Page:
might, by its pleading, or its conduct, show that there. was 'no actual controversy between it and the plaintiff, andthen the court would not lose. its jurisdiction. But it is not here, and cannot be required to come here. That a cor:por:ation is a necessary party to such a suit was decided by Judge Nelson, in this court, in September, 1879, (First Na,t. Bank of Hannibal v. Smith, supra, 215 j) and this bill, in effe(.lt, asks for a review of that decision. The present proceeding is a creditor's bill to enforce a sort of equitable garnishment. Now, I have never seen a of a creditor's bill, or a garnishment, when brought under the ordinary practice of either law or equity, in which the principal debtor was not made a party defendant when it was possible. Of course, the defendant may be absent, or out of reach j and, as I said before, one of the most important uses of a garnishment is to apply the property of an absent debtor to the payment of his debts within the territorial jurisdiction of the by which the courts court j but the usages or the work out this result give them a jurisdiction in rem which the statutes of the United States deny to the circuit courts, in suits at law or in equity, excepting as above mentioned. This distinction must be kept in mind in examining the cases. In a court of general jurisdiction, the presence of the debtor is admitted to be necessary, but an artificial or constructive presence, or a supposed contumacy, is substituted for actual presence; and this is what the circuit courts cannot effect. The corporation is a necessary party, actual or constructive, because it will not else be bound by the decree, and the other defendants may be twice vexed. It has also the right to show that the judgments against it have been satisfied, or that it has the means for satisfying them without further assessment. As a rule in equity it may be stated more broadly that the suit is one which, if the allegations of the bill are true, the corporation was bound to institute; and if it fails to do so, it is a necessary party on one side or the other of the suit, in order that its rights in its own assets may be properly cared for. See Cunningham v. Pell, 5 Paige,
607; Spear v. Grant, 16 Mass. 9; Wood v. Dummer, 3 Mason, 308; Davenport v. DOW8, 18 Wall. 626; Lyman v. Bonney, 101 Mass. 562; Dee1fteld v. Nims, 110 Mass. 115; Mann v. Pentz, 8 N. Y.422. The three cases cited by the plaintiff were all decided under a code which expressly makes it discretionaty with the judge to order notice to the principal defendant or not. The only possible question, therefore, was of the constitutionality of the statute. Gibson v. Haggerty, 37 N. Y. 555; Bishop v. Garcia, 14 Abb. Pro (N. S.) 70; Lynch v. Johnson, 48 N. Y. 27. The case of Hatch v. Dana, 101 U. S. 205, did not turn upon this point. It appears that the corporation was made a party and afterwards dropped; but no question was raised about it. The corporation may have made no issue with the plaintiff, or all parties may have agreed to the dismissal. The question argued and decided was whether all stockholders must be parties. I cannot see how it is possible, consistently with the decisions and the uniform practice, to decide this case in the absence of the corporation. If it had been actually dissolved, the case might be different. There are allegations which come as near to that as truth will permit, I suppose: that it has ceased to do business; that its bridge has been sold under a foreclosure; and that it is defunct "to all intents and purposes." I do not understand this to mean that it is no longer capable of suing and being sued, but that it is dead for all useful purposes as a bridge-owner. If it remains subject to process, the facts alleged appear to be immateria-I. I infer, from the facts whioh are stated, that it is se liable at present. Demurrer sustained.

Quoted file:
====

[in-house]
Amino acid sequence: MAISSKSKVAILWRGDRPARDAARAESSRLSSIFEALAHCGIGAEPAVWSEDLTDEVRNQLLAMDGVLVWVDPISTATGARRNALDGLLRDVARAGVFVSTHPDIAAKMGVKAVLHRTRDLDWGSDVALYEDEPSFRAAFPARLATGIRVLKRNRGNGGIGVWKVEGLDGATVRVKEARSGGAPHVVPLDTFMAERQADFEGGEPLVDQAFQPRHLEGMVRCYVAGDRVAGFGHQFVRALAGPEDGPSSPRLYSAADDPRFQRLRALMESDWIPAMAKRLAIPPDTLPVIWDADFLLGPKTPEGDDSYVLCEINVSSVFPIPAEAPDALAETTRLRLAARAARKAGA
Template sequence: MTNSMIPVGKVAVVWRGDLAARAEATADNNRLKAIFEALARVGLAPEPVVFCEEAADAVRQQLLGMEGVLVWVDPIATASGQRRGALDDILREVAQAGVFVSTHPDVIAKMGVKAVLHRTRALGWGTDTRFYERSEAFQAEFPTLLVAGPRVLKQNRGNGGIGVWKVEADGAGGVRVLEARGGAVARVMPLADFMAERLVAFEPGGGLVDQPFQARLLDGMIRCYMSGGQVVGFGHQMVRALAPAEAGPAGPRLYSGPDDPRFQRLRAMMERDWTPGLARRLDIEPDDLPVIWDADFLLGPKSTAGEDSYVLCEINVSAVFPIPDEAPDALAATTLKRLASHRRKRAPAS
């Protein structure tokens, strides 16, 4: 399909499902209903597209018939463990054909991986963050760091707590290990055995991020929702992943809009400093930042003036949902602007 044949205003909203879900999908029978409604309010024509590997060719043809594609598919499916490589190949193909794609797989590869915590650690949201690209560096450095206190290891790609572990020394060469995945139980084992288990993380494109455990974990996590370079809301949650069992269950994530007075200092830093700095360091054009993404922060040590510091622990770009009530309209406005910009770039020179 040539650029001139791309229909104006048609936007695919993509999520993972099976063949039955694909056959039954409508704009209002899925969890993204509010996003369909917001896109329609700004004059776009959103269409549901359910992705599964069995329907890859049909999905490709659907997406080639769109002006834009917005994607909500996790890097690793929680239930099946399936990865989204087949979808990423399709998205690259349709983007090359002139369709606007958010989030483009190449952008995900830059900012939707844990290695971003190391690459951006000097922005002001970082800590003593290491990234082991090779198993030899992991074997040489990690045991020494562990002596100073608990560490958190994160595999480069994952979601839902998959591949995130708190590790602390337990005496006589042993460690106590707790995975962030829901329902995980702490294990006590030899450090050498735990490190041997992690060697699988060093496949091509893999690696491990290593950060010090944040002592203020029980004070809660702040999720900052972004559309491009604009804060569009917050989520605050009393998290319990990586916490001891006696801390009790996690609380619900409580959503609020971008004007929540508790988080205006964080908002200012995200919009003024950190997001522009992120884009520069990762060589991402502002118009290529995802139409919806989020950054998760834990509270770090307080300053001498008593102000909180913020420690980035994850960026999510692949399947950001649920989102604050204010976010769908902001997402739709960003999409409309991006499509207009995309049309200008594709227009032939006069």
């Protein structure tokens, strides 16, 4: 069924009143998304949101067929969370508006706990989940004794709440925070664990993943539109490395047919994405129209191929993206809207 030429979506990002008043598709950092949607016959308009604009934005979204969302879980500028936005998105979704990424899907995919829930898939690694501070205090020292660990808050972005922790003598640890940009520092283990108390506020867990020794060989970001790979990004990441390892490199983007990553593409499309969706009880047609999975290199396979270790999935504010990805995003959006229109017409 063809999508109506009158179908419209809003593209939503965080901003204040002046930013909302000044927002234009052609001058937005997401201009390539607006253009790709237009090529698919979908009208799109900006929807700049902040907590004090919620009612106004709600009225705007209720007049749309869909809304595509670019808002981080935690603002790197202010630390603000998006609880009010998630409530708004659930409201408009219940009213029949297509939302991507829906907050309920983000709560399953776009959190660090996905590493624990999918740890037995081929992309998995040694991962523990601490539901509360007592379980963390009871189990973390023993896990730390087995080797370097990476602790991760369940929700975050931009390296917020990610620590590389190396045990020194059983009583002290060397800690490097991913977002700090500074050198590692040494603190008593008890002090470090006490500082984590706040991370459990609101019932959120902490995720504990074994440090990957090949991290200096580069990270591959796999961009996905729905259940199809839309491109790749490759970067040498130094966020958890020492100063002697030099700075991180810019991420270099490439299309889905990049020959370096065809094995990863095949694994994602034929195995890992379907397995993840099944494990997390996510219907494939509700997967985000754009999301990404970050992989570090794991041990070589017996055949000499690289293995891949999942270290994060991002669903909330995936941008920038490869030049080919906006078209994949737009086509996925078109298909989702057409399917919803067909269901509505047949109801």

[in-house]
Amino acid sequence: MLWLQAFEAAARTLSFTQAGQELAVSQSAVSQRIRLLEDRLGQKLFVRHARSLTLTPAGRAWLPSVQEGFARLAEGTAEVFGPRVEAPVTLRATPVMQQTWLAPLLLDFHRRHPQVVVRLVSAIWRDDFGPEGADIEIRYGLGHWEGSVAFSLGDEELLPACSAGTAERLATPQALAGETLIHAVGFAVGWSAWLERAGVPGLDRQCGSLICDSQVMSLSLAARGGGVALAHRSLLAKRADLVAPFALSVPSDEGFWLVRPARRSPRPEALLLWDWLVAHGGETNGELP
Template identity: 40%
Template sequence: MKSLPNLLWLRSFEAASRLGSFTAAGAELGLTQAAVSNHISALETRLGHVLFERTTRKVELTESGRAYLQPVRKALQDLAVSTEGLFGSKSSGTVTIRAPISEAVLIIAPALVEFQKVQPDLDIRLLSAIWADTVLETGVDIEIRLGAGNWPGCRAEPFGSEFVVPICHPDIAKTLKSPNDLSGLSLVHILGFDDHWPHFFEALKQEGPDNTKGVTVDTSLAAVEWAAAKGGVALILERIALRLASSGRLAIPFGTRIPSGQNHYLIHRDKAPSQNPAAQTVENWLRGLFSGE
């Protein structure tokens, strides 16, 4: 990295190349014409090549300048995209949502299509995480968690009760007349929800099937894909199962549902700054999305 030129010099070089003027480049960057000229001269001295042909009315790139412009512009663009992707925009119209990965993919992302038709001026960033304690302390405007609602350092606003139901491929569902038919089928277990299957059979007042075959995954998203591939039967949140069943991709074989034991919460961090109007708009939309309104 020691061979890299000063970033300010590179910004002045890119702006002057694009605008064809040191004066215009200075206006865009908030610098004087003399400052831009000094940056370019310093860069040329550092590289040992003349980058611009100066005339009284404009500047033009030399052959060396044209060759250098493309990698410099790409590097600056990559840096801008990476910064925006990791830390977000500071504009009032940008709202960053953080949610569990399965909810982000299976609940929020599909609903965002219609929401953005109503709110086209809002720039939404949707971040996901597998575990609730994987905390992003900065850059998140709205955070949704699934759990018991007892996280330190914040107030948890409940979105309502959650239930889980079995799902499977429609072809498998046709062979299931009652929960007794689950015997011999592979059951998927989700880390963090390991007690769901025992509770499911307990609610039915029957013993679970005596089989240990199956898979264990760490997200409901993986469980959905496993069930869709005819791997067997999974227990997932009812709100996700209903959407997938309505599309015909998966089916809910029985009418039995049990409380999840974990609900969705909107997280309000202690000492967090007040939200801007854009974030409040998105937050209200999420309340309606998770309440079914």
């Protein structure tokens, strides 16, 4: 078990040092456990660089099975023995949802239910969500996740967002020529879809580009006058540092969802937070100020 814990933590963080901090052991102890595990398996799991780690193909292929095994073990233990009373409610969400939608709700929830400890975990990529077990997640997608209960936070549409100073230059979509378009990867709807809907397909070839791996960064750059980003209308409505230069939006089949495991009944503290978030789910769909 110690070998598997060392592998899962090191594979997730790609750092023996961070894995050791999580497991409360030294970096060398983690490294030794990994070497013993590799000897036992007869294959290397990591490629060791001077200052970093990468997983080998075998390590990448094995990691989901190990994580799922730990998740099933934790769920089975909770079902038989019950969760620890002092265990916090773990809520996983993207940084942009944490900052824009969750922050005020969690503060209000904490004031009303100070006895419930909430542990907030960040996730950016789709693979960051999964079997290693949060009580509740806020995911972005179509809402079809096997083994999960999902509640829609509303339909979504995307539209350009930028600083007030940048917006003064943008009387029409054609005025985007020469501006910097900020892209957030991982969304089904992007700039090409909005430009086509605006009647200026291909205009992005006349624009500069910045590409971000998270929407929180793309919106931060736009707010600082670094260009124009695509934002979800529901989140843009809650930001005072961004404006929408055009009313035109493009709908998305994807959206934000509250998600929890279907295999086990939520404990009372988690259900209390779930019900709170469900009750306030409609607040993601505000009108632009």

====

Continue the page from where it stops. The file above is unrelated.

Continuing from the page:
8T. LOUIS V.
THE KNAPP, STOUT
ST. LOUIS v. THE KNAPP, STOUT & CO. COMPANY.
(Circuit Court, E. D. Missouri. --,1881.)
A court of equity will not enjoin the erection of a runaway for logs, upon the ground that it will divert th'1 course of a navigahle river, unless it appears that the threatened structure will be a nuisance per 8e.
A structure in the channel of a river will not nece88arily be held subject to abatement as a nuisance. Pennsylvania v. Wheeling Bridge 00. ]3 How. 1i18.
INJUNCTION-NUISANCE-PARTY TO BILL.
It seems to be well settled· that a bill in equity to enjoin or abate 8 public nuisance must be filed by one who has sustained, or is in danger of sustaining, special damages.-[Eo.
On Demurrer to Bill. Leverett Bell, for plaintiff. George M. Stewart and C. H. Krum, for defendant. MCCRARY, C. J. The bill avers that the eastern boundary of the city of St. Louis is and always has been the middle of the main channel of the Mississippi river, and that complainant is the proprietor of the bed of the river within the city limits, and that by its charter the complainant is authorized to construct all needful improvements in the harbor, to CODtrol, guide, or deflect the current of the river, and to erect, repair, and regulate public wharves and docks; that by proper ordinance the lines of the wharf have been laid down and established upon a certain piece of real estate in the northern part of the city, particularly described in the bill. It is further averred that defendant is erecting a saw-mill on its property, and that, for the purposes of hauling logs from the river into its mill, the defendant is erecting a runway for logs, which will extend some hundred feet from the western edge of the water of the river, and is driving piles, as a foundation for the runway, into the bed of the river east of the eastern line of the wharf as established by the city under the ordinance aforesaid; that north and south of the defend-